Decorative Rock

If you’re looking for solutions to landscaping challenges, decorative rock and gravel just might be the ticket.

Drainage issues? Budget-friendly alternative to a paved patio? Interesting edging for your flower beds? Check, check, check.

The dilemma for Pam Messick was that nothing grew under the linden tree in her front yard, one of those giant trees with the dramatic canopies you see lining the streets of Prairie Village, Kansas. Not grass, not ivy, not even hostas.

“My husband and I’d sit on my front porch, and it would look like a dust bowl,” she says. “It wasn’t pretty.” Working with Sharp Landcaping this year, Messick selected cobblestone reminiscent of summers in Colorado. She wanted the spot to feel Asian, so a Japanese maple was added among the stone. Neighbors walking their dogs frequently stop and talk to Messick about her new rockscaping. “They tell me they love my rock garden,” Messick says. “When the rocks get wet from the rain, they’re especially beautiful. Vibrant color veins pop out. Sure, I could have added just mulch, but this is so much more interesting. It feels natural and perfect.

To make the tree-canopied spot a sitting garden, Messick plans to add another strong stone statement, a boulder bench. So far, she has chosen the decorative gravel. Jack Robinson says in recent years, interest has grown in xeriscaping, using plants and other materials that help reduce water use. “They want less maintenance,” Robinson says. “Not all the mowing.”

Adding rock or gravel is one of the best ways to create a permeable landscape, says Jamie Durie, the Australian designer and host of HGTV’s “The Outdoor Room.” “It absorbs water and melted snow rather than them running off into the street,” he says. With all the benefits, using decorative rock requires thoughtful planning and requires upkeep, says Kristopher Dabner.
For example, Dabner designed a series of pea-gravel backyard patios and pathways for a Lawrence home. First it needed a level of aggregate, then breathable landscape fabric as a weed barrier before a final layer of pea gravel.

With any stonescaping project, Dabner says, you need to “stay ahead of weeds.”

“Herbicide needs to be sprayed when the weeds are small. If you let them sprout for a few weeks, you’ll have a huge mess on your hands.” Because of the major weed patrol it would require, Dabner says people should not use decorative rock instead of mulch in most cases – especially around the perimeter of a house.

But Dabner likes rock for a dramatic, modern statement – like creating a square, circular or triangular gravel patio instead of the usual concrete rectangle. And he likes stone as a solution for drainage. He helped Nancy Addy create a dry creek bed in her sloping yard that backs up to woods. Gravel was placed on the bottom, and prettier river rocks are on top, mimicking a winding stream.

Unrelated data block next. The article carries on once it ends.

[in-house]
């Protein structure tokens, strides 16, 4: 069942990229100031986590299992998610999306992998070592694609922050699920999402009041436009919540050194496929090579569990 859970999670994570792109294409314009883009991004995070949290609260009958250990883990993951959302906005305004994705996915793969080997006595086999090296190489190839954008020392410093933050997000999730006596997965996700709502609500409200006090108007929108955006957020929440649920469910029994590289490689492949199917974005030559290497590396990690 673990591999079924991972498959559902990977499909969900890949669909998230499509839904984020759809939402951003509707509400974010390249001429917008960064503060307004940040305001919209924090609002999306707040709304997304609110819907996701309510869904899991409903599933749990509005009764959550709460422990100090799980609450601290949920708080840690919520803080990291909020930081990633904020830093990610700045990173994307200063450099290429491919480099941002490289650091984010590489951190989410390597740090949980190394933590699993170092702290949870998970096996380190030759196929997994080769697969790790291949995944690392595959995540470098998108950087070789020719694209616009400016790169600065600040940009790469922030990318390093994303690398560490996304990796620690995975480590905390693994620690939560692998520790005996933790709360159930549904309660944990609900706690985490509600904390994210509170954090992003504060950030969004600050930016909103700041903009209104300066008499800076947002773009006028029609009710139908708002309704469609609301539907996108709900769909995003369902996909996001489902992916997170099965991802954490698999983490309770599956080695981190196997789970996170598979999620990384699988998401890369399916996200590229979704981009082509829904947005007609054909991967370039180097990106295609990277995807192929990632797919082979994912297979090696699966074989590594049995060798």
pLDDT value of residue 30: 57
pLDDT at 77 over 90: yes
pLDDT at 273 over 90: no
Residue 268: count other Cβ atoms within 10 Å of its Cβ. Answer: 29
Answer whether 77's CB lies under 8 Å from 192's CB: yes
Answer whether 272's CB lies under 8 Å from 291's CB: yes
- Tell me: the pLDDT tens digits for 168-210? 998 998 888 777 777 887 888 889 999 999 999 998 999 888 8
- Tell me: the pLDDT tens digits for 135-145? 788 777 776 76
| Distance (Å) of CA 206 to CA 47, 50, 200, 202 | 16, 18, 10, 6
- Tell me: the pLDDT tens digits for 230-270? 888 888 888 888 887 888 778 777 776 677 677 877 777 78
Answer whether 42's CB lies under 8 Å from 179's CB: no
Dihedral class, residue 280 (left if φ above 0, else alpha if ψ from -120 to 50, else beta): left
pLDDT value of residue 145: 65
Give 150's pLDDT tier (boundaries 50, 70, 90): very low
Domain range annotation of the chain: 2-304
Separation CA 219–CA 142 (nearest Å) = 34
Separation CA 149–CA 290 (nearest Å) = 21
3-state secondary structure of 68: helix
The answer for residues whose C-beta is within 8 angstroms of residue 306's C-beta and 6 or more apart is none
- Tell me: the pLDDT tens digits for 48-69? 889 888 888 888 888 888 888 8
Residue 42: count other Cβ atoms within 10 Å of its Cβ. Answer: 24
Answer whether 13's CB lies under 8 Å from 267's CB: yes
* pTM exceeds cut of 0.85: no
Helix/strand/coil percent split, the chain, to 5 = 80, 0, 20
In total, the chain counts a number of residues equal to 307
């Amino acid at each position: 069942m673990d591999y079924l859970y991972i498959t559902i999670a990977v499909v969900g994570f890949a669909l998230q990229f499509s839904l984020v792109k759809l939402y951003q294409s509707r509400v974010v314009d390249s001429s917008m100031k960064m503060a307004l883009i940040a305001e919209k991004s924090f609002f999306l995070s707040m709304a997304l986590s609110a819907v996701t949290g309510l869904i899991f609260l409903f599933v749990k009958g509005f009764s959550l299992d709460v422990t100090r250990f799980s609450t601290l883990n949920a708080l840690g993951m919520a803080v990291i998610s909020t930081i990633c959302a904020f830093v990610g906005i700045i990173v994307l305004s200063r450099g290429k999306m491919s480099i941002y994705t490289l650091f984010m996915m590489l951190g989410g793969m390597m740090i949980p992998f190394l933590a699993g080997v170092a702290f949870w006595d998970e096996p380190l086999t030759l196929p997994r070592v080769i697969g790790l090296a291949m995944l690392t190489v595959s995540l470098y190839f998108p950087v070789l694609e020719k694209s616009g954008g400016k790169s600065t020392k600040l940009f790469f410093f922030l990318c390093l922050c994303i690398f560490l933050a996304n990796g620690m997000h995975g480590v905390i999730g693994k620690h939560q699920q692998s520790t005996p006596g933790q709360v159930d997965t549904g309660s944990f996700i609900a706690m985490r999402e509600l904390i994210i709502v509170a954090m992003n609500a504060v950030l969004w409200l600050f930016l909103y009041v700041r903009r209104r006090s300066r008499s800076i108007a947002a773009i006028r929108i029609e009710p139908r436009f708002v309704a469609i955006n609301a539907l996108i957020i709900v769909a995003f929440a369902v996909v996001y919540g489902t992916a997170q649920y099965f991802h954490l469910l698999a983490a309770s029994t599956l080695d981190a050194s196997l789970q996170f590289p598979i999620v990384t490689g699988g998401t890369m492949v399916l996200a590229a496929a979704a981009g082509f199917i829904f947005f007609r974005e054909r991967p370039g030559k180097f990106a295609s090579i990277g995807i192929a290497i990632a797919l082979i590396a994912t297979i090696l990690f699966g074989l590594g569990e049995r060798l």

An avid gardener, Addy walked the path next to the ribbon of rocks, marveling at lush vegetation as well as snails, caterpillars and cocoons. “One thing about rock is that it attracts tiny creatures: snakes, mice and voles,” she says. “They don’t bother me, and I don’t bother them. You also need to always be wearing the right shoes because rocks move beneath your feet.” The stepping stones that weave through Addy’s yard come from rocks excavated from their lot.
“The rocks are beautiful and natural,” she says. “I love them.”


Measure the length and width of the area. “So many people have to come back because they didn’t measure; they try to use their arms and hands as estimates,” says Jack Robinson. Signs typically spell out how much footage a ton of rock covers – employees can help, too.

Take pictures of the spots where you want rock. Plotting your house and yard on graph paper helps, too. “Think of rock shopping like buying furniture,” Robinson says. “You want to make sure it fits size-wise and style-wise.”

Go for a natural, regional look. “White rocks and red rocks are out of place here,” says landscape designer Kristopher Dabner. “The super-colorful rocks you’d see in Arizona don’t look at home in the Midwest.”

Remember other materials. For example, say you’re going to edge a flower bed with salt-and-pepper- colored, goose-egg- shaped granite river cobbles. First, you’ll need two parallel strips of metal edging to outline the bed. Between the strips, fill in with landscape gravel before placing the cobbles on top.

Be mindful of environmental ethics. Jamie Durie of HGTV says rocks from Third World countries are a bad idea. “You’ll see inexpensive rock from India and Indonesia that’s from their rivers. Fish need those rocks for silvering. People really depend on those rocks as part of their food chain.” But, he says, manmade rock “can look great.”



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